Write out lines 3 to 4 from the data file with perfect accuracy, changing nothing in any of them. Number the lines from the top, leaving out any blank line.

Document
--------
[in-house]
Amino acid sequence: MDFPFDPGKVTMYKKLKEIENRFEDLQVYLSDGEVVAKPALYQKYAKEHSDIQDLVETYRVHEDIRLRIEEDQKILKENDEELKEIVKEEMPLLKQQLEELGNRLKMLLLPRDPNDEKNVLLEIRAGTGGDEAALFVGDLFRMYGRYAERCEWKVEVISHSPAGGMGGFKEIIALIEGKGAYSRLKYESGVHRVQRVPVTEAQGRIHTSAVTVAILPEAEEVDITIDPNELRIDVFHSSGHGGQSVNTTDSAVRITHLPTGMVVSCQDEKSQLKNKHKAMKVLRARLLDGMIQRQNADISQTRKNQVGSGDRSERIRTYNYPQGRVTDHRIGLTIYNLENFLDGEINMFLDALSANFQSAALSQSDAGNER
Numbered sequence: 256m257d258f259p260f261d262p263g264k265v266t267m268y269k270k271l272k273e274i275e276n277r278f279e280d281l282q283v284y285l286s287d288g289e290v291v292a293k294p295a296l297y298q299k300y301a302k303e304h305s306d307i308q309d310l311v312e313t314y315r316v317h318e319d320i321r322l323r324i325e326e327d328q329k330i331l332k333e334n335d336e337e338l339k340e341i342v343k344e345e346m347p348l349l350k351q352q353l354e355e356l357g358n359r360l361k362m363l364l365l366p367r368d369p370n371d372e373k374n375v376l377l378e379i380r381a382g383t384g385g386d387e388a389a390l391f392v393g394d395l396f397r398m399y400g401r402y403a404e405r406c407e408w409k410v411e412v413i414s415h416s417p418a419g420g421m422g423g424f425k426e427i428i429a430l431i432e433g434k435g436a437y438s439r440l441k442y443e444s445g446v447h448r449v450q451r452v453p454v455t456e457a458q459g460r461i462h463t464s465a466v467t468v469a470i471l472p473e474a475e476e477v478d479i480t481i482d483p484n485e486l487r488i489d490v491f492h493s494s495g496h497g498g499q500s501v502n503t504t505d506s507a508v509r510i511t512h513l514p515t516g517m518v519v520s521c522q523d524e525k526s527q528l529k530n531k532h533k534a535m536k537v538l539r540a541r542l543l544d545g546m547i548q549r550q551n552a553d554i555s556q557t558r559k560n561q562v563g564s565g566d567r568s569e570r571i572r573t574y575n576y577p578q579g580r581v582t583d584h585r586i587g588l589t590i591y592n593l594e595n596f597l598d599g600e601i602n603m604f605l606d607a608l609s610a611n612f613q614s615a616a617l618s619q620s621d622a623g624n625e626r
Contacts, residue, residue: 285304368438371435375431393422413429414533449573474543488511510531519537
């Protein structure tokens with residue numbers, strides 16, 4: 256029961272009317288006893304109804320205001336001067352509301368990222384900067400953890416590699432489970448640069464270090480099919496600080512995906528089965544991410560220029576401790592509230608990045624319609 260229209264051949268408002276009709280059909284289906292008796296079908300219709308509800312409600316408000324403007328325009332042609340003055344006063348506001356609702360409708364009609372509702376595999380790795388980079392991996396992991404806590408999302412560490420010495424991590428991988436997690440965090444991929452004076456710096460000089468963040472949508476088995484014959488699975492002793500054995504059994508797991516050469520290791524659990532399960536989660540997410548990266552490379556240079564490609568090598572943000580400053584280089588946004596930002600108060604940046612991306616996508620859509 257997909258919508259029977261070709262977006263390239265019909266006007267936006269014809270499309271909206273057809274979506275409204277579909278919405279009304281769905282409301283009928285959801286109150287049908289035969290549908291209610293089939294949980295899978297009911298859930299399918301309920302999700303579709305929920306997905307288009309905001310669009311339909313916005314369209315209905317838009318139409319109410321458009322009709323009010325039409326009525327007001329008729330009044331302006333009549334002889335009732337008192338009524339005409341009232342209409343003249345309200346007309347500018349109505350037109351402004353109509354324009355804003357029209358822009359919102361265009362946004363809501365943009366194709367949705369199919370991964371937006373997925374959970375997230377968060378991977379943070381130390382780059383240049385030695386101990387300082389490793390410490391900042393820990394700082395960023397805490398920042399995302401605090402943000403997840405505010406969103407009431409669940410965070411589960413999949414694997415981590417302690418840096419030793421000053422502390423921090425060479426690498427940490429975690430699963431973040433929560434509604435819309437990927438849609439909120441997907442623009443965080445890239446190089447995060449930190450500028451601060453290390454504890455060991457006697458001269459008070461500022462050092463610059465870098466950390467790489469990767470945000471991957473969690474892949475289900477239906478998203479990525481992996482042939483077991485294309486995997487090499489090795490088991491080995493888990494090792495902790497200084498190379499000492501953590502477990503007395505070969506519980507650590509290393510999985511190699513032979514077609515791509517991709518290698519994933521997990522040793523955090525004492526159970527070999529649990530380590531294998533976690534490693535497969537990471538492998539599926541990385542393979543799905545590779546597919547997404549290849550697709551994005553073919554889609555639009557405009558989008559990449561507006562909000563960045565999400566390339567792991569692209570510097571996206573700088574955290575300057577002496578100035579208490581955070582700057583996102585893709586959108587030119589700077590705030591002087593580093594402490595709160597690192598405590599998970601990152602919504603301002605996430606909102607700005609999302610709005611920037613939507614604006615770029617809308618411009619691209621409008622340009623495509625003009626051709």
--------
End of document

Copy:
Numbered sequence: 256m257d258f259p260f261d262p263g264k265v266t267m268y269k270k271l272k273e274i275e276n277r278f279e280d281l282q283v284y285l286s287d288g289e290v291v292a293k294p295a296l297y298q299k300y301a302k303e304h305s306d307i308q309d310l311v312e313t314y315r316v317h318e319d320i321r322l323r324i325e326e327d328q329k330i331l332k333e334n335d336e337e338l339k340e341i342v343k344e345e346m347p348l349l350k351q352q353l354e355e356l357g358n359r360l361k362m363l364l365l366p367r368d369p370n371d372e373k374n375v376l377l378e379i380r381a382g383t384g385g386d387e388a389a390l391f392v393g394d395l396f397r398m399y400g401r402y403a404e405r406c407e408w409k410v411e412v413i414s415h416s417p418a419g420g421m422g423g424f425k426e427i428i429a430l431i432e433g434k435g436a437y438s439r440l441k442y443e444s445g446v447h448r449v450q451r452v453p454v455t456e457a458q459g460r461i462h463t464s465a466v467t468v469a470i471l472p473e474a475e476e477v478d479i480t481i482d483p484n485e486l487r488i489d490v491f492h493s494s495g496h497g498g499q500s501v502n503t504t505d506s507a508v509r510i511t512h513l514p515t516g517m518v519v520s521c522q523d524e525k526s527q528l529k530n531k532h533k534a535m536k537v538l539r540a541r542l543l544d545g546m547i548q549r550q551n552a553d554i555s556q557t558r559k560n561q562v563g564s565g566d567r568s569e570r571i572r573t574y575n576y577p578q579g580r581v582t583d584h585r586i587g588l589t590i591y592n593l594e595n596f597l598d599g600e601i602n603m604f605l606d607a608l609s610a611n612f613q614s615a616a617l618s619q620s621d622a623g624n625e626r
Contacts, residue, residue: 285304368438371435375431393422413429414533449573474543488511510531519537